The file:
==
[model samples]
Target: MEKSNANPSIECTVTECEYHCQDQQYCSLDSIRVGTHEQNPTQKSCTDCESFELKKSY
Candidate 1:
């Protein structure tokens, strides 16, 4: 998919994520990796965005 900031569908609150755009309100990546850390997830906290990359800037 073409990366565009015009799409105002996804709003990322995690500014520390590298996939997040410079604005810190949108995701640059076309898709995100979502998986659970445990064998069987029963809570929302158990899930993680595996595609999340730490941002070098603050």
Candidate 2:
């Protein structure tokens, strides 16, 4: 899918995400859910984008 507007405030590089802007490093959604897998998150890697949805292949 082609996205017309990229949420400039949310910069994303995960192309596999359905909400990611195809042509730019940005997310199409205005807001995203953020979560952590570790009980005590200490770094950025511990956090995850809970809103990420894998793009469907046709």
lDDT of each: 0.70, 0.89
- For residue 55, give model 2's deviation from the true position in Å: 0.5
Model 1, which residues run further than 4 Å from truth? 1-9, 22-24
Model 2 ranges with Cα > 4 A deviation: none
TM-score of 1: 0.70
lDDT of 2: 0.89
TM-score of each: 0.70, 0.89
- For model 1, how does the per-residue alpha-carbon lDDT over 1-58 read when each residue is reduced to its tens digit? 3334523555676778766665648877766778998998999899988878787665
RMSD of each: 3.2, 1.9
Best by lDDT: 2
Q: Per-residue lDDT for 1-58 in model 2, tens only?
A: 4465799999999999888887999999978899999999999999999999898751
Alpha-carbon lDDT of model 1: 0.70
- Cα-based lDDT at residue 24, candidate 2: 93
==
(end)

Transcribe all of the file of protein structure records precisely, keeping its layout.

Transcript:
[model samples]
Target: MEKSNANPSIECTVTECEYHCQDQQYCSLDSIRVGTHEQNPTQKSCTDCESFELKKSY
Candidate 1:
């Protein structure tokens, strides 16, 4: 998919994520990796965005 900031569908609150755009309100990546850390997830906290990359800037 073409990366565009015009799409105002996804709003990322995690500014520390590298996939997040410079604005810190949108995701640059076309898709995100979502998986659970445990064998069987029963809570929302158990899930993680595996595609999340730490941002070098603050």
Candidate 2:
């Protein structure tokens, strides 16, 4: 899918995400859910984008 507007405030590089802007490093959604897998998150890697949805292949 082609996205017309990229949420400039949310910069994303995960192309596999359905909400990611195809042509730019940005997310199409205005807001995203953020979560952590570790009980005590200490770094950025511990956090995850809970809103990420894998793009469907046709």
lDDT of each: 0.70, 0.89
- For residue 55, give model 2's deviation from the true position in Å: 0.5
Model 1, which residues run further than 4 Å from truth? 1-9, 22-24
Model 2 ranges with Cα > 4 A deviation: none
TM-score of 1: 0.70
lDDT of 2: 0.89
TM-score of each: 0.70, 0.89
- For model 1, how does the per-residue alpha-carbon lDDT over 1-58 read when each residue is reduced to its tens digit? 3334523555676778766665648877766778998998999899988878787665
RMSD of each: 3.2, 1.9
Best by lDDT: 2
Q: Per-residue lDDT for 1-58 in model 2, tens only?
A: 4465799999999999888887999999978899999999999999999999898751
Alpha-carbon lDDT of model 1: 0.70
- Cα-based lDDT at residue 24, candidate 2: 93